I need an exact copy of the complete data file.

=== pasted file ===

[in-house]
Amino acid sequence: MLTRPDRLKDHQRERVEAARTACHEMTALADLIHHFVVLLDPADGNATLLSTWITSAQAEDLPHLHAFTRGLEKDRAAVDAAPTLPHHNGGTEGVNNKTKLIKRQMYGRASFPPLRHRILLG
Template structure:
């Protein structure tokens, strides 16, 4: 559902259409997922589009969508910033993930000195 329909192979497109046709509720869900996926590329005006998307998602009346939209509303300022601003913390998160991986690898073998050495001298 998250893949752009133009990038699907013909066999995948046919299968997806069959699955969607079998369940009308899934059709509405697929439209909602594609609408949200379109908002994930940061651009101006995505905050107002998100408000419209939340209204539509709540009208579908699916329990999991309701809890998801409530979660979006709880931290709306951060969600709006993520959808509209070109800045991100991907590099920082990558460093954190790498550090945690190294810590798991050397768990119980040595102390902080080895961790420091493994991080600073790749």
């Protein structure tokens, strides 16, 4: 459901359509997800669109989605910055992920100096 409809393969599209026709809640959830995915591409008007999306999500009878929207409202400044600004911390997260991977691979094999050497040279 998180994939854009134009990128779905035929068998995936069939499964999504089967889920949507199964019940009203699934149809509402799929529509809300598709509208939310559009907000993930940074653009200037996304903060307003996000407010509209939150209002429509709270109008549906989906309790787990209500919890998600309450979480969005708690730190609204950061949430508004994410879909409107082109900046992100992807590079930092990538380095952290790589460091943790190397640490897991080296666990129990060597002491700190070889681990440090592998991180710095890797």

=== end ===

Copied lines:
[in-house]
Amino acid sequence: MLTRPDRLKDHQRERVEAARTACHEMTALADLIHHFVVLLDPADGNATLLSTWITSAQAEDLPHLHAFTRGLEKDRAAVDAAPTLPHHNGGTEGVNNKTKLIKRQMYGRASFPPLRHRILLG
Template structure:
């Protein structure tokens, strides 16, 4: 559902259409997922589009969508910033993930000195 329909192979497109046709509720869900996926590329005006998307998602009346939209509303300022601003913390998160991986690898073998050495001298 998250893949752009133009990038699907013909066999995948046919299968997806069959699955969607079998369940009308899934059709509405697929439209909602594609609408949200379109908002994930940061651009101006995505905050107002998100408000419209939340209204539509709540009208579908699916329990999991309701809890998801409530979660979006709880931290709306951060969600709006993520959808509209070109800045991100991907590099920082990558460093954190790498550090945690190294810590798991050397768990119980040595102390902080080895961790420091493994991080600073790749």
């Protein structure tokens, strides 16, 4: 459901359509997800669109989605910055992920100096 409809393969599209026709809640959830995915591409008007999306999500009878929207409202400044600004911390997260991977691979094999050497040279 998180994939854009134009990128779905035929068998995936069939499964999504089967889920949507199964019940009203699934149809509402799929529509809300598709509208939310559009907000993930940074653009200037996304903060307003996000407010509209939150209002429509709270109008549906989906309790787990209500919890998600309450979480969005708690730190609204950061949430508004994410879909409107082109900046992100992807590079930092990538380095952290790589460091943790190397640490897991080296666990129990060597002491700190070889681990440090592998991180710095890797």